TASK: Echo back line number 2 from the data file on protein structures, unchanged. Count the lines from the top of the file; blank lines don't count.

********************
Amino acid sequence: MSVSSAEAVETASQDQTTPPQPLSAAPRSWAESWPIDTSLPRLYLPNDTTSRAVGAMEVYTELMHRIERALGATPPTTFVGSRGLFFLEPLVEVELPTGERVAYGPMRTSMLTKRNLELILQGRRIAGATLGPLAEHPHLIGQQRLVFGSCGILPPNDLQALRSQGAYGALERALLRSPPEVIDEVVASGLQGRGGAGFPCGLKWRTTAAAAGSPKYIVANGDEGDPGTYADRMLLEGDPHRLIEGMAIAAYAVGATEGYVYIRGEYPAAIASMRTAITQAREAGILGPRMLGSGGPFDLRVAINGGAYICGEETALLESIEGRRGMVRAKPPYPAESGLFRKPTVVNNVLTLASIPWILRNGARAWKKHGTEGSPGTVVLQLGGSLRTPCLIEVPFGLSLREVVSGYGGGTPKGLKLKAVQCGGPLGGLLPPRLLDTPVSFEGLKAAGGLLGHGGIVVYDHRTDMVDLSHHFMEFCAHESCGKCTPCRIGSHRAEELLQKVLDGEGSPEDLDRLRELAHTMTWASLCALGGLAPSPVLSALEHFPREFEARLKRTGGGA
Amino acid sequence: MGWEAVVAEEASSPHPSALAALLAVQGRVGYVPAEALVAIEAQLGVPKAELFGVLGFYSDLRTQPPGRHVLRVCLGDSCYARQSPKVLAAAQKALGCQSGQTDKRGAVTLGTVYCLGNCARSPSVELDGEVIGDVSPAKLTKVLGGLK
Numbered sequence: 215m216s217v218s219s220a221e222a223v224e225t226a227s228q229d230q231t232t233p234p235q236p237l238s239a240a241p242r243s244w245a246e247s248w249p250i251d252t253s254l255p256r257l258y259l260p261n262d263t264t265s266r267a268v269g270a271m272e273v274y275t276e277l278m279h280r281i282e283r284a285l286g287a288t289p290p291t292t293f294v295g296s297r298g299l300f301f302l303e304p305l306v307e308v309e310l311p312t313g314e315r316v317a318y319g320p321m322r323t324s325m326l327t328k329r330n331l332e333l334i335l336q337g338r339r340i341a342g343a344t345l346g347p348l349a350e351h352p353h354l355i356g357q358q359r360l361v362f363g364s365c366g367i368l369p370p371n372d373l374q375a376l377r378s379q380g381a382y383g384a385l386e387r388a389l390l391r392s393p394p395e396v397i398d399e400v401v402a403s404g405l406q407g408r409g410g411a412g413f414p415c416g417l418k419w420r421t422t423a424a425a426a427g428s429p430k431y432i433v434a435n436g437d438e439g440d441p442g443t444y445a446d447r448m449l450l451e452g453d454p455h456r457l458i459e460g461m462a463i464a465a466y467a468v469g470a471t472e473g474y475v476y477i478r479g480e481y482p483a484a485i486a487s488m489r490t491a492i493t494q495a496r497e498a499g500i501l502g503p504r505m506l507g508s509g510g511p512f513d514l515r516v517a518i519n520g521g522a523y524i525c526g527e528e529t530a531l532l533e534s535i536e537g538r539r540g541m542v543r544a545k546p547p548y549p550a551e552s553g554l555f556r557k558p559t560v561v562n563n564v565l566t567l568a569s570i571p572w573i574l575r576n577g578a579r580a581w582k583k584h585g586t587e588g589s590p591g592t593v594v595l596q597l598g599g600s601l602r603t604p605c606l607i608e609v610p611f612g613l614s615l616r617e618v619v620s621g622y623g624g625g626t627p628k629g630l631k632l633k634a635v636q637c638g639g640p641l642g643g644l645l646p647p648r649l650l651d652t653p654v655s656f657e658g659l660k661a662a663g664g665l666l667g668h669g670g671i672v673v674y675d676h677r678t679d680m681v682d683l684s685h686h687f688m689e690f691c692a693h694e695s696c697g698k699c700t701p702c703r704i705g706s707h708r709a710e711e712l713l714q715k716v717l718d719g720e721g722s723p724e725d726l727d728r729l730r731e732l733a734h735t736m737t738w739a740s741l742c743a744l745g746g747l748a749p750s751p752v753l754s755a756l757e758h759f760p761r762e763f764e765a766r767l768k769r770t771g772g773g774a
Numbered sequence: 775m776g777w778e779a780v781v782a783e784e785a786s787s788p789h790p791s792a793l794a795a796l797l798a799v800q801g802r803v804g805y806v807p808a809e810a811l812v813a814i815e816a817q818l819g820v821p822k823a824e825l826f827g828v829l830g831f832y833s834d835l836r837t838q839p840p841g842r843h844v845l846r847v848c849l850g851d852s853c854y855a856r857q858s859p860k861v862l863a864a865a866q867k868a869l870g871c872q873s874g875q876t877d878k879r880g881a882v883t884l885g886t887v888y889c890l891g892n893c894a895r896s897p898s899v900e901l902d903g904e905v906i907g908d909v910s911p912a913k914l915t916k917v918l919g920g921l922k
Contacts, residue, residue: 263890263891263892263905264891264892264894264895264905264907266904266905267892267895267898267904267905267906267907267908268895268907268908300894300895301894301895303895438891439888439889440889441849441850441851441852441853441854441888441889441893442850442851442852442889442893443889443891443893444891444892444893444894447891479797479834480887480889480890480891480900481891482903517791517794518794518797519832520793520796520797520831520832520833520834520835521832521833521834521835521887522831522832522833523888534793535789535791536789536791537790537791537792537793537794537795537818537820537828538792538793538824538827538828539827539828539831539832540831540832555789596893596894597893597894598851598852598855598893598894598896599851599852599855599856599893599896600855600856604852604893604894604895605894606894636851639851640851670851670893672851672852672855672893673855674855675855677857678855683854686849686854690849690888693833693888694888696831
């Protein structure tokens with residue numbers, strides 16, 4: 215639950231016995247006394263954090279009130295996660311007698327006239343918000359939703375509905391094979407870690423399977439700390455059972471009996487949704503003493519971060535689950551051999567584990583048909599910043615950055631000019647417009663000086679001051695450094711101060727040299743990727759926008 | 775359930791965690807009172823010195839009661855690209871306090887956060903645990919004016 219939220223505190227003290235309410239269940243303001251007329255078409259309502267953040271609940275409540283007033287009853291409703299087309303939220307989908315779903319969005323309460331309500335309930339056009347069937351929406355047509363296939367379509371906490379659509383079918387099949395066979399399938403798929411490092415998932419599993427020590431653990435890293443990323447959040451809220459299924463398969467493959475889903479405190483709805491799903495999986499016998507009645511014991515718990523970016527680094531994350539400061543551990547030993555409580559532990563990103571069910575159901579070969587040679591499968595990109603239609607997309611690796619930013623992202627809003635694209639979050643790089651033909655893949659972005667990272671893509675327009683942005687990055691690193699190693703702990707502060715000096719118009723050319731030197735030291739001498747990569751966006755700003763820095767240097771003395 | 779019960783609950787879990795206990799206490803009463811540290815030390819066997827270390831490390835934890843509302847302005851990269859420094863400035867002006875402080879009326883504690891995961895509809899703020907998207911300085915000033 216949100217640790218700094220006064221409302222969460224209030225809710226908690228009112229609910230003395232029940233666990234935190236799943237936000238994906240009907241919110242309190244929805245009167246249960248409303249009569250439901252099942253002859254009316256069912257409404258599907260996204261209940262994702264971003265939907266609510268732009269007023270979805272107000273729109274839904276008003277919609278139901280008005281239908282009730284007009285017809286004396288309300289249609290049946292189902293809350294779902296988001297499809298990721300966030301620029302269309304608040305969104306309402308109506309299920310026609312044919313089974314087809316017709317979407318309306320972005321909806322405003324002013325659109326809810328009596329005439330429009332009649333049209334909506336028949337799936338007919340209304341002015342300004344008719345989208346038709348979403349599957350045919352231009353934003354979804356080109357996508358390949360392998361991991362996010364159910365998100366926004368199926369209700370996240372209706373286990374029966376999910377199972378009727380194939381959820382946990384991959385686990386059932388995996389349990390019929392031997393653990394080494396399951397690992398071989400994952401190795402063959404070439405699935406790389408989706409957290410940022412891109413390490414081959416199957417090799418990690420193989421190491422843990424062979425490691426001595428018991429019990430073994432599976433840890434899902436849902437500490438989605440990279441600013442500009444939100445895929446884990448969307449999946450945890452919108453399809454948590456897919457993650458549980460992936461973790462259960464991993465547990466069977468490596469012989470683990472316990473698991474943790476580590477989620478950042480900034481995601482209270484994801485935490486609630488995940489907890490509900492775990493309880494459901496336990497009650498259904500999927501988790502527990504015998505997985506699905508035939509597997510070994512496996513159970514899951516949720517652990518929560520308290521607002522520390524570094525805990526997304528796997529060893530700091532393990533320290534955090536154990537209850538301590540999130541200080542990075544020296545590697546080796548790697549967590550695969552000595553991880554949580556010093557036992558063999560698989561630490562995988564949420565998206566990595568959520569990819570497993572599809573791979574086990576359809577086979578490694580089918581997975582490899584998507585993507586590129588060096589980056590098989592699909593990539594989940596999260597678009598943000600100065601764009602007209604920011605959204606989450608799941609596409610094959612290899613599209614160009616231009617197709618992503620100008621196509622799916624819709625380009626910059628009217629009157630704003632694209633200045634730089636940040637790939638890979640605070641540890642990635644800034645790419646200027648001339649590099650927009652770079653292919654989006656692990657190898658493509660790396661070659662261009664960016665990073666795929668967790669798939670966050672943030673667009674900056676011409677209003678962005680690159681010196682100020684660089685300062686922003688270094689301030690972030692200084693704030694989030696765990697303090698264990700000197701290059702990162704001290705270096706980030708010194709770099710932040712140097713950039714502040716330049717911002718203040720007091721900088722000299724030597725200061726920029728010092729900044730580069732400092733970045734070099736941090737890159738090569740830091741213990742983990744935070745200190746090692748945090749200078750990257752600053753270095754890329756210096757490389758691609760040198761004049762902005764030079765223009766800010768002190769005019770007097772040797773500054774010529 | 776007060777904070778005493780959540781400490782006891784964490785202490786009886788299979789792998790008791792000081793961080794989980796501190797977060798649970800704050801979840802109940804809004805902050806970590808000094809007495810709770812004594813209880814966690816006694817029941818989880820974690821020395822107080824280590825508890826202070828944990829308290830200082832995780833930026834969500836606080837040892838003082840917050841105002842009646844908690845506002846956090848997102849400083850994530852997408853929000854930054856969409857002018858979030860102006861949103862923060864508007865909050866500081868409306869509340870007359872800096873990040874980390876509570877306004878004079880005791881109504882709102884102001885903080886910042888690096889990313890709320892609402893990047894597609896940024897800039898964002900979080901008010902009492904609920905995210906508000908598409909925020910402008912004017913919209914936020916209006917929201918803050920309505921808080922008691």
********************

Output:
Amino acid sequence: MGWEAVVAEEASSPHPSALAALLAVQGRVGYVPAEALVAIEAQLGVPKAELFGVLGFYSDLRTQPPGRHVLRVCLGDSCYARQSPKVLAAAQKALGCQSGQTDKRGAVTLGTVYCLGNCARSPSVELDGEVIGDVSPAKLTKVLGGLK